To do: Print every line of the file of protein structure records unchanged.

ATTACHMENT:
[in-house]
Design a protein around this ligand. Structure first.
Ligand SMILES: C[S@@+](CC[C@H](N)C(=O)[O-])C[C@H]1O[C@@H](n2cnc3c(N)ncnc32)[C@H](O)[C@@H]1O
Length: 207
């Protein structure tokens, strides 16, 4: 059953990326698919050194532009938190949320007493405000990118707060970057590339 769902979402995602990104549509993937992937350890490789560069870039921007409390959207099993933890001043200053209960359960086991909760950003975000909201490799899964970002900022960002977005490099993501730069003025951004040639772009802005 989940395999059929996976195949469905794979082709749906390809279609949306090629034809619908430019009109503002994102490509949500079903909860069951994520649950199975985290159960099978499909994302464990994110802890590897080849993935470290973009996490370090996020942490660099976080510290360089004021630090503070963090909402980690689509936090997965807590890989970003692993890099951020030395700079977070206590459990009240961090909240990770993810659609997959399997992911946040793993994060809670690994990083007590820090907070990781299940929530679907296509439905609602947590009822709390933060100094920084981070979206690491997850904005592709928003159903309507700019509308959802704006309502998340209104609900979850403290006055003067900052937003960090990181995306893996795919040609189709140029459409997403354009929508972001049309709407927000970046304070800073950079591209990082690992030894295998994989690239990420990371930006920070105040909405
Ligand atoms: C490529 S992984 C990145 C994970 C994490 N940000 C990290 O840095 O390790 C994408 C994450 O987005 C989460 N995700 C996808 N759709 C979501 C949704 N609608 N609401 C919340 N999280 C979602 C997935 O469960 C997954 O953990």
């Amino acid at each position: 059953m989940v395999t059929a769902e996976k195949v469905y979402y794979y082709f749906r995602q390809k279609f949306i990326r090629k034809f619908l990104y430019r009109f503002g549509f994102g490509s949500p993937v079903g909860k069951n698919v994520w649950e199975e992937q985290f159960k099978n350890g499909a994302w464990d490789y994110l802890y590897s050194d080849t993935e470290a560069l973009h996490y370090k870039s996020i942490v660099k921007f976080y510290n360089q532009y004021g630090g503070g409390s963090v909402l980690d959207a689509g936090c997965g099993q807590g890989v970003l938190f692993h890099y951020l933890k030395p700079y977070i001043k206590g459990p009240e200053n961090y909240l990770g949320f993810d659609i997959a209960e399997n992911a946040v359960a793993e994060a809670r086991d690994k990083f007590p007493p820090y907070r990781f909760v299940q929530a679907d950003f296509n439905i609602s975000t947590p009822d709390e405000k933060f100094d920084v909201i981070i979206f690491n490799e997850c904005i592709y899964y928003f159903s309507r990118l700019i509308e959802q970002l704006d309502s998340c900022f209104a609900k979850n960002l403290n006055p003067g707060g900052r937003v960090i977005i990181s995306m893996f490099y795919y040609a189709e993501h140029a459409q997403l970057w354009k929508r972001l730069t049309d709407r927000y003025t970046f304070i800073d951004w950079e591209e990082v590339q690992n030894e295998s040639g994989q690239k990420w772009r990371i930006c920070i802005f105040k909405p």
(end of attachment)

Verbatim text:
[in-house]
Design a protein around this ligand. Structure first.
Ligand SMILES: C[S@@+](CC[C@H](N)C(=O)[O-])C[C@H]1O[C@@H](n2cnc3c(N)ncnc32)[C@H](O)[C@@H]1O
Length: 207
């Protein structure tokens, strides 16, 4: 059953990326698919050194532009938190949320007493405000990118707060970057590339 769902979402995602990104549509993937992937350890490789560069870039921007409390959207099993933890001043200053209960359960086991909760950003975000909201490799899964970002900022960002977005490099993501730069003025951004040639772009802005 989940395999059929996976195949469905794979082709749906390809279609949306090629034809619908430019009109503002994102490509949500079903909860069951994520649950199975985290159960099978499909994302464990994110802890590897080849993935470290973009996490370090996020942490660099976080510290360089004021630090503070963090909402980690689509936090997965807590890989970003692993890099951020030395700079977070206590459990009240961090909240990770993810659609997959399997992911946040793993994060809670690994990083007590820090907070990781299940929530679907296509439905609602947590009822709390933060100094920084981070979206690491997850904005592709928003159903309507700019509308959802704006309502998340209104609900979850403290006055003067900052937003960090990181995306893996795919040609189709140029459409997403354009929508972001049309709407927000970046304070800073950079591209990082690992030894295998994989690239990420990371930006920070105040909405
Ligand atoms: C490529 S992984 C990145 C994970 C994490 N940000 C990290 O840095 O390790 C994408 C994450 O987005 C989460 N995700 C996808 N759709 C979501 C949704 N609608 N609401 C919340 N999280 C979602 C997935 O469960 C997954 O953990």
């Amino acid at each position: 059953m989940v395999t059929a769902e996976k195949v469905y979402y794979y082709f749906r995602q390809k279609f949306i990326r090629k034809f619908l990104y430019r009109f503002g549509f994102g490509s949500p993937v079903g909860k069951n698919v994520w649950e199975e992937q985290f159960k099978n350890g499909a994302w464990d490789y994110l802890y590897s050194d080849t993935e470290a560069l973009h996490y370090k870039s996020i942490v660099k921007f976080y510290n360089q532009y004021g630090g503070g409390s963090v909402l980690d959207a689509g936090c997965g099993q807590g890989v970003l938190f692993h890099y951020l933890k030395p700079y977070i001043k206590g459990p009240e200053n961090y909240l990770g949320f993810d659609i997959a209960e399997n992911a946040v359960a793993e994060a809670r086991d690994k990083f007590p007493p820090y907070r990781f909760v299940q929530a679907d950003f296509n439905i609602s975000t947590p009822d709390e405000k933060f100094d920084v909201i981070i979206f690491n490799e997850c904005i592709y899964y928003f159903s309507r990118l700019i509308e959802q970002l704006d309502s998340c900022f209104a609900k979850n960002l403290n006055p003067g707060g900052r937003v960090i977005i990181s995306m893996f490099y795919y040609a189709e993501h140029a459409q997403l970057w354009k929508r972001l730069t049309d709407r927000y003025t970046f304070i800073d951004w950079e591209e990082v590339q690992n030894e295998s040639g994989q690239k990420w772009r990371i930006c920070i802005f105040k909405p």